Safety For Animals
& People In Crisis

On a warm December afternoon, Meiko was anxious; pacing in the Alberta SPCA parking lot. The Husky mixed-breed instinctively knew something exciting would happen this day. The nine-year old had been in the care of the Alberta SPCA for about six weeks, the second time in 2020 Meiko had been a resident of our Crisis Care Program. The scene that was about to unfold was not new to him; he had experienced this before.

Meiko’s owner, Dustin, placed his dog in our care so he could go into a treatment program for addictions. Programs like this do not allow pets and many owners refuse to seek help for themselves until they know the animal will be properly cared for. Taking pets from their owners is always a difficult and emotional process; the reunions are the reward.

After 30 minutes, a cab pulls into the parking lot and Meiko instantly starts pulling on his leash; he knows Dustin is in the vehicle. As Dustin jumps out, Meiko sprints to meet him, jumping like a kangaroo once he gets to Dustin, whining happily that his best friend has returned. While Dustin doesn’t have the same bouncing ability, he is equally as excited.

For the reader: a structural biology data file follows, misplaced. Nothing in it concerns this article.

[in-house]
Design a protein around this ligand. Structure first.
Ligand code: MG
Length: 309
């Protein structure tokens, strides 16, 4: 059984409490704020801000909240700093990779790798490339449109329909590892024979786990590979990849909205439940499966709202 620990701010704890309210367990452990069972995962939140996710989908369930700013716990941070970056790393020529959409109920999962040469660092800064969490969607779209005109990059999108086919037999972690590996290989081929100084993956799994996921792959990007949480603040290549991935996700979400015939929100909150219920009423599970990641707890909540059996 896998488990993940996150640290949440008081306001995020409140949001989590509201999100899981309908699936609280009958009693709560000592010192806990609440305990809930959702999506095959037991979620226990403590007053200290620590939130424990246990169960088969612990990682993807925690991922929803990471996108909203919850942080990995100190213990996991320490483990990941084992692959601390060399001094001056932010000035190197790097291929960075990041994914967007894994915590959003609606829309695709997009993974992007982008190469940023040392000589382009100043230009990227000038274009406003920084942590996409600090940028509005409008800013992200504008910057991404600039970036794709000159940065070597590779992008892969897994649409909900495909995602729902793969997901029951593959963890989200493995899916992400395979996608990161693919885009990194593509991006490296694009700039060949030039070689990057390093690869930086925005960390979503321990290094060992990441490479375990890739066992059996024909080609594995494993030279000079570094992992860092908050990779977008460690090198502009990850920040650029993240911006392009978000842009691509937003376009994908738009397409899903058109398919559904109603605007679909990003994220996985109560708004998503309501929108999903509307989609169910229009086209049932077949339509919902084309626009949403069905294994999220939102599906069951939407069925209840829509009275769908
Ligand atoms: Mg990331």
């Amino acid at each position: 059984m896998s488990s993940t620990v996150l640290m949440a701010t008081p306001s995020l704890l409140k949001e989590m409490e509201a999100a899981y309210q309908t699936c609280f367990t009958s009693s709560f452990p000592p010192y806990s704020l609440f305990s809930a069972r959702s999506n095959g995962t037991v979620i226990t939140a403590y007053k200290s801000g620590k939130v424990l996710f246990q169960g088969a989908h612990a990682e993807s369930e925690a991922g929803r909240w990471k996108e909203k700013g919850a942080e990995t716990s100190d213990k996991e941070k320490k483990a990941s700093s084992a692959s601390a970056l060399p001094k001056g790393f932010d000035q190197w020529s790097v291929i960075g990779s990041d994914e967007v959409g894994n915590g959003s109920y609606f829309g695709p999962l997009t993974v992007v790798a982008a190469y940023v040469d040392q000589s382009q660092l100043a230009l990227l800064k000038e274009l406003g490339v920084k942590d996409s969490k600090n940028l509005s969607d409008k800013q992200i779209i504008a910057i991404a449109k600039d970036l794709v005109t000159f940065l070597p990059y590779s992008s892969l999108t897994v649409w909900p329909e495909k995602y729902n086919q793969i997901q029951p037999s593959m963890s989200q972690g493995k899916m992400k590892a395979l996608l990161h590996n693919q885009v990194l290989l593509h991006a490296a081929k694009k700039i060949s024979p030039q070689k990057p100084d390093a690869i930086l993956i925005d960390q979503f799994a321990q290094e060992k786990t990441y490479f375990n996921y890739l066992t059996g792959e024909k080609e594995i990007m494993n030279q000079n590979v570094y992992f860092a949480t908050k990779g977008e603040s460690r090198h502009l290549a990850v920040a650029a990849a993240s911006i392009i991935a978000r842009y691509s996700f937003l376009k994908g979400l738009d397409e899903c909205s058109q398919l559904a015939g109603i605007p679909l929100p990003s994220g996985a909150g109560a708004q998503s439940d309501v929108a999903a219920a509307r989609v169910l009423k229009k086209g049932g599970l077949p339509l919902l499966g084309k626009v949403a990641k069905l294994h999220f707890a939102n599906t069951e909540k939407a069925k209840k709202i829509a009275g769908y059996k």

“I made a promise to him years and years ago that I would never forget him,” said Dustin, “and I’d never leave him behind.”

For Dustin, the Crisis Care Program provided a lifeline. “I was able to have the time to focus on the problem instead of focusing on [Meiko],” he said fighting back tears. “So that was a huge relief, and gave me my life back, so that’s huge.”

As the tailgate on the taxi lifts, Meiko knows to jump in. Dustin loads food and other supplies provided to him by the Alberta SPCA that will ensure Meiko is well taken care of as Dustin works to land on his feet and rebuild his life. He has an apartment and a job and is working on maintaining stability, for himself and for Meiko.

Meiko is his motivation for staying on the right track.

“He was my strength when I didn’t have any,” said Dustin as he explained the importance Meiko plays in his life. “So as this journey carries on and he’s getting older, it’s my turn to take care of him and let him be a dog instead of me being me.”

This story is not unique.

When in crisis, pet owners are often unable to focus on their own mental and physical wellbeing until they know that their companion animal will be safe. The Crisis Care Program provides reprieve to pet owners dealing with a life-changing event that impedes on their ability to care for their companion animal(s). 

The Alberta SPCA’s Crisis Care Program was launched in 2019. This program is designed for individuals that have run out of safe options, it is a last resort program for individuals experiencing crisis and are unable to care for their animals temporarily.

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